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I'm curious... What's the best change you made that reduced your garbage?

 
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Location: North FL, in the high sandhills
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Agreed!

Anything you can build with, like wood or steel, tools, and highly reliable vintage appliances, tractors, and the like aren't going anywhere in my world.

I think a major part of that old timers wisdom was the 5 year window.

Probably gives you a more accurate "scan" and more data on what to do, or not do  with things.
 
Posts: 296
Location: New England
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I wanted to stop buying fabric conditioner sheets, because I rarely used them. After some thought, I bought a bottle of liquid fabric softener, which lives in my laundry room. When I want such a thing, about 1x a year or so, I soak a washcloth with the fabric conditioner and throw it into the dryer with the damp, clean whatever. Works. No waste, except the bottle -- but they last a long, long time at this rate.
 
Posts: 57
Location: Urban Central Scotland (Stirling)
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Melissa Bee wrote:I've done so many of the reduce-reuse-recycle-refuse things others here have mentioned, so I won't repeat them. And I got to the point where I was producing only one small bag of household trash every week--like a plastic grocery bag, with plenty of space left to tie the handles together.

But the one major trash issue that remained was cat litter. I'm a cat lady, and I also foster, so even though my 33-gallon garbage can was only half- to two-thirds full every week, most of that was litter.

I had already shifted over to pine pellet litter, and had, through trial and error, figured out the minimum amount I could put in each box. There is no need to put 2" of litter in a box; a regular-sized box in my household gets one repurposed Starbucks Venti cup of litter, and the extra-large boxes made from huge storage bins get 1-1/2. Pine pellet litter expands as soon as it gets wet, and before long the cats have plenty of fluffy sawdust to absorb pee and cover their poop. I scoop poop every day, remove any saturated sawdust, and add a handful or two of new pellets to "top off" the box.

So while I had done my best to reduce the amount of outgoing litter, there was still a lot of it, and I was still putting it out with the trash. But this year, I decided to start composting the sawdust (I'm still throwing away the poop) for use on the ornamental plantings out front--and now I have practically no trash. It would now take me over a month to fill my 33-gallon can, and about half of that is cat poop.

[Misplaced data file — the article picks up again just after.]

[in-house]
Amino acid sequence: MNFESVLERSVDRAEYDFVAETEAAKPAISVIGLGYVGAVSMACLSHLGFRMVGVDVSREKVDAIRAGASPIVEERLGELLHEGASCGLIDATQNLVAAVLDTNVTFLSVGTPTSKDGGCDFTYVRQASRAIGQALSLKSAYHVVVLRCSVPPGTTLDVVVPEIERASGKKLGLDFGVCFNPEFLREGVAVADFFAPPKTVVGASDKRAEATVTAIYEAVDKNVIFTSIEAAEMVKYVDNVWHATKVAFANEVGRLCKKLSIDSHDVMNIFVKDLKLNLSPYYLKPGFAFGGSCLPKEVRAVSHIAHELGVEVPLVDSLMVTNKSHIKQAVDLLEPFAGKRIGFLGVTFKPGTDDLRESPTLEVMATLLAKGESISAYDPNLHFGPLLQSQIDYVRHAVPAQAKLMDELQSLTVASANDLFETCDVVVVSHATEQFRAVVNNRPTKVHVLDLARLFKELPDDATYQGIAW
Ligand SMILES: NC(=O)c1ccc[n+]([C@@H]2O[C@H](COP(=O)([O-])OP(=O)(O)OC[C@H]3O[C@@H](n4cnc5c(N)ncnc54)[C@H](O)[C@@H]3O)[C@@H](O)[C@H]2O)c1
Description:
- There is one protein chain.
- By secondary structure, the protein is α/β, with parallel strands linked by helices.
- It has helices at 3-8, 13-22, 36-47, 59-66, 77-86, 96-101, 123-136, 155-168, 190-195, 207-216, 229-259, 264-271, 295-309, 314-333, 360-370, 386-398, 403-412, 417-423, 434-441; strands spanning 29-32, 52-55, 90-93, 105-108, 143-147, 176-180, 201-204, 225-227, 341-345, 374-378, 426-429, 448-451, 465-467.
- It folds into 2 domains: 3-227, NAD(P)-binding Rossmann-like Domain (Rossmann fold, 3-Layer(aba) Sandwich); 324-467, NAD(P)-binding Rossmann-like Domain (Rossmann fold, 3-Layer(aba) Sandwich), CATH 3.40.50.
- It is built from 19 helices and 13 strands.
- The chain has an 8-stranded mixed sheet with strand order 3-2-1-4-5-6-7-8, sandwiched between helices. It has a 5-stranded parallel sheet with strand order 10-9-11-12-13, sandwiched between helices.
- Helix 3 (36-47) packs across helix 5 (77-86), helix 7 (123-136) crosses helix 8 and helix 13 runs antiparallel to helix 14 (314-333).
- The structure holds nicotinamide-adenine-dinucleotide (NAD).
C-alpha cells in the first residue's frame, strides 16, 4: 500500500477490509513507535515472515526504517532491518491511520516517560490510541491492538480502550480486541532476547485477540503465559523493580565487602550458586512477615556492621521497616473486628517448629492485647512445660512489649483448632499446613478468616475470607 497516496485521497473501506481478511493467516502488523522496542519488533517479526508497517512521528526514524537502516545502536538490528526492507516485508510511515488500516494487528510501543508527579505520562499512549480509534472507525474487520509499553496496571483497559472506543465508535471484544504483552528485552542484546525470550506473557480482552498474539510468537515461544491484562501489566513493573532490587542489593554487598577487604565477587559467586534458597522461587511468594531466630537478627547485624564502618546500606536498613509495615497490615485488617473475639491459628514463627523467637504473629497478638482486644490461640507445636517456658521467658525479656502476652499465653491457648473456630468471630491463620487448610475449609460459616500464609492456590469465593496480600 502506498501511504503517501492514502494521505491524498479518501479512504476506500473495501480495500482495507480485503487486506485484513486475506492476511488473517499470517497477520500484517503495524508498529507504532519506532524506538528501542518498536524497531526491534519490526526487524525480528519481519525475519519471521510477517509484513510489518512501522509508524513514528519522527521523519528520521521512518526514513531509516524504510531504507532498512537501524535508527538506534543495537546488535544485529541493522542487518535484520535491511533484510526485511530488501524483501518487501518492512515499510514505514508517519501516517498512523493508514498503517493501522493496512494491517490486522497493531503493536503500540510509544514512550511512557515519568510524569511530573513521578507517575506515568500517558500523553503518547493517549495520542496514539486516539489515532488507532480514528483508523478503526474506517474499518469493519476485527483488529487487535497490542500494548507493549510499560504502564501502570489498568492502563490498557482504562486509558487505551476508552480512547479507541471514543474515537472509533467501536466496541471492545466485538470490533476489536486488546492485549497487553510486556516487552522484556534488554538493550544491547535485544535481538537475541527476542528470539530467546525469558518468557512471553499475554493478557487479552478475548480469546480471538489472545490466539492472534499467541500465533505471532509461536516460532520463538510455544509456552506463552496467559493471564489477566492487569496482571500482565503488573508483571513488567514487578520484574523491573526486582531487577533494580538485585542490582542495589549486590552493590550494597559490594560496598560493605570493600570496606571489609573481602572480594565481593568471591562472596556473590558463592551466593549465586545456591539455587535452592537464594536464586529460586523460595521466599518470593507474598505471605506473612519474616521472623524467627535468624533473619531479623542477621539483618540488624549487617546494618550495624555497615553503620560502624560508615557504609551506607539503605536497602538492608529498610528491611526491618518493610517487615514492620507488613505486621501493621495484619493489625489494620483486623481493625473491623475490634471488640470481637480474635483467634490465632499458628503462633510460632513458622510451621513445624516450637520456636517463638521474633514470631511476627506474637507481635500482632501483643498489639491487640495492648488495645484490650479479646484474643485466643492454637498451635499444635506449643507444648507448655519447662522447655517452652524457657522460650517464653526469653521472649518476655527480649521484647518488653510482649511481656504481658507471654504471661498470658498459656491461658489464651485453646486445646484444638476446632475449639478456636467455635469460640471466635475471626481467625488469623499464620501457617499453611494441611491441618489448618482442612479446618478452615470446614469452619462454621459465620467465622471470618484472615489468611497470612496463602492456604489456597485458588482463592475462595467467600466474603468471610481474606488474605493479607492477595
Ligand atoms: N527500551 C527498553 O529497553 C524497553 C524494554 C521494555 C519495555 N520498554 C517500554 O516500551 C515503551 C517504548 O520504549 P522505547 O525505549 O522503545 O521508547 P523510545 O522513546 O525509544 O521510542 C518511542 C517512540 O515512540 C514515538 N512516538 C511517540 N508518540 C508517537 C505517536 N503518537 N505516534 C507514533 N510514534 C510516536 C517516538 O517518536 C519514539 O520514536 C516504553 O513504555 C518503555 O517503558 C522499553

With my current setup, I can't get a compost pile hot enough, and I don't have space to let humanure-type bins sit for a couple of years, so I can't safely compost the poop. But in my next place I'll have more space, and come up with something better. And with no stinky cat waste in my garbage, I'll be able to forego curbside collection altogether, instead holding my mostly-clean garbage in cans and making semiannual trips to the dump (where I can also offload recycling).




I know this is an old post, but I'm really interested in hearing more about how you composted the cat litter. We've just moved our 10 year old cat who was allowed to go outside and dig his own toilet to a home where he's now an indoor cat. The volume of waste from the litter is overwhelming. The best litter we've been able to find/afford (there's some corn-based stuff that we haven't tried) is wood-based, seemingly industrial scraps.
Do you compost the soggy litter as well or put that in the bin? Do you compost the rest in your main compost or have you created a separate compost bin/area for this? I see you said that you use it for ornamentals only- is this because of possible fecal contamination or another reason? Thank you!
 
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got water filter, yippy yahoo, good water
no more plastic bottles to buy or show away
 
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Does buying a lathe count?  Before having a lathe, I had a lot of wood that went out the door. Okay, it still goes out the door, but, now, it looks different.  On that, I confess to being a litterer. That is, I throw small turnings out along foot paths and places kids wait for the bus.  I know they are good about caring for earth and pick up all that litter for me (because they never leave any behind).

The foregoing question and admissions aside, I'd say investing in a good water filter can go a long way to reducing the problem of trying to get away from nasty community water.  It may take years to pay for itself, but the taste improvements are instant.  (So what Bruce said)

 
pollinator
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Brandi Lee, Composting Pet Waste:  In Canada you can actually purchase purpose made pet waste composters, I not sure something similar is available in the UK.  https://store.bokashicycle.com/bpcfs
"Disposing of pet waste is a problem.  You can now reduce the risk of contaminating ground water, turn pet waste into something useful, and feel good about keeping the waste out of the landfill and garbage can.

Fill the fermenter about 1/2 full with water.  Add a cup of accelerant and a sprinkle of powder to the fermenter.  Then scoop the waste into the fermenter and close it up.  The microbes will kill pathogens, break down the waste, and eliminate most of the odors efficiently.  Pour the end product into a trench, mix it with soil and cover over the top and leave it alone for a week.  You will have rich soil for your ornamental garden plants.